PCL Developers blog

All blog posts for Frits Florentinus

Friday, May 25, 2012

I finished the preliminary report for ANF, which I will make available once Mattia is also finished, so that we can start to evaluate the work of this sprint with our mentors.

In the meanwhile I have been struggling with getting my PC ready for PCL developer use again. For the next few weeks I will be finishing some other projects for school and will also be working on my PCL to do list:

  • Implement the MixedPixel class in PCL.
  • Work on the filters module clean up.
  • Finalize the LUM class implementation.
Testing, reporting and continuously learning new things
Friday, May 11, 2012

In the process of reporting for the sprint, Mattia and I have been working more in-depth on getting test results from the system and have been training a classifier. There have also been a few improvements to the system such as a new feature that should aid the distinguishment of leaves.

I have furthermore been learning up on function pointers, functors, boost::bind, boost::function and lambda functions. They will be useful for the filters module clean up.

Friday, May 04, 2012

During the last two weeks I have been working on the report for this sprint, which is becoming bigger and taking more time than I anticipated. I am also aiming to finish the filters module clean up which can be followed here: http://dev.pointclouds.org/issues/614.

Finishing up segmentation
Thursday, April 19, 2012

I have been finishing up the segmentation steps of the system. The following is a typical result when used on the Trimble outdoor sets using the default parameters:

These results are downsampled from the original and the ground segmentation has already taken place. The clusters marked as red are not passed to the SVM classifier. They are either too small and will be marked as isolated and removed without the need for classification, or they are too large in which case they will be classified as background and are never removed.

I upgraded the system with a very basic over-segmentation detection system that performs quite alright. Furthermore, most my time was spent getting the parameterization right: Making all parameters depend on as few global parameters as possible and still allowing to greatly and intuitively vary the clustering needs. Since we are having a chat with the mentors soon, I will discuss these topics in the report that I will write for that chat, which is what I will be working on for the next few days.

Improved segmentation step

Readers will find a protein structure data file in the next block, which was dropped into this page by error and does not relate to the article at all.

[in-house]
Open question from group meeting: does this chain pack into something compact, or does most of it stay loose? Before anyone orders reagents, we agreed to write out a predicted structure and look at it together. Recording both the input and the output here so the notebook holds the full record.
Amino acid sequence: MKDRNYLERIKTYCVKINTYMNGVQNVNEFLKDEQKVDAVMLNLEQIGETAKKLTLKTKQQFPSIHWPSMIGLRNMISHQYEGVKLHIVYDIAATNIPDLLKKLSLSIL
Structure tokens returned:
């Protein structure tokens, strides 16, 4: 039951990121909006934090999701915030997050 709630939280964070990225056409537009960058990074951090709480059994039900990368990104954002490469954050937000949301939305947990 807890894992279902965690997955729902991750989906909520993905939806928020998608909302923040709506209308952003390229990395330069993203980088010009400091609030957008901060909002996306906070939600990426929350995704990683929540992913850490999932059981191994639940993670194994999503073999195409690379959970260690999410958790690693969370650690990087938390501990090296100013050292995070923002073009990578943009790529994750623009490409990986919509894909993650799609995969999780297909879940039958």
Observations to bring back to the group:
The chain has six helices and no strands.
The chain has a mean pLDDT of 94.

Tuesday, April 17, 2012

I have worked on improving the segmentation steps of the system. Initially I wanted to do a separate sub clustering after the euclidean clustering. However, the version I have now performs the advanced segmentation simultaneously with the euclidean clustering. In the future I might add this as a new class to PCL since it could be useful for any type of conditional region growing.

For our purposes this conditional region growing currently checks distance, intensity difference and curvature difference with respect to the candidate points, which results in better clustering than before. However, the balance between over- and under-segmentation is still as tricky as before. Ideally, the trees are clustered into separate leaves so that the SVM has a lot of different training candidates from one set. It is still quite impossible to get this clustering while not having too much clustering in the non-noise parts of the scene. I did manage to condense all the parameters for the segmentation step into one parameter, indicating clustering aggressiveness, so that a user could tweak this balance himself.

An idea I still want to investigate is to use a pyramid or staged system that will only further sub-segment under certain conditions. I think these conditions will need to be more complex than what I am using now (intensity, curvature and location). Although making them too complex could limit the applicability of the system.

Full implementation
Thursday, April 05, 2012

As we are implementing the ANF system, the pipeline has been slightly modified:


The ground and wall segmentation are now both performed in the planar segmentation block which can do this iteratively as long as large enough planes are being detected.

The object segmentation has been split into two blocks: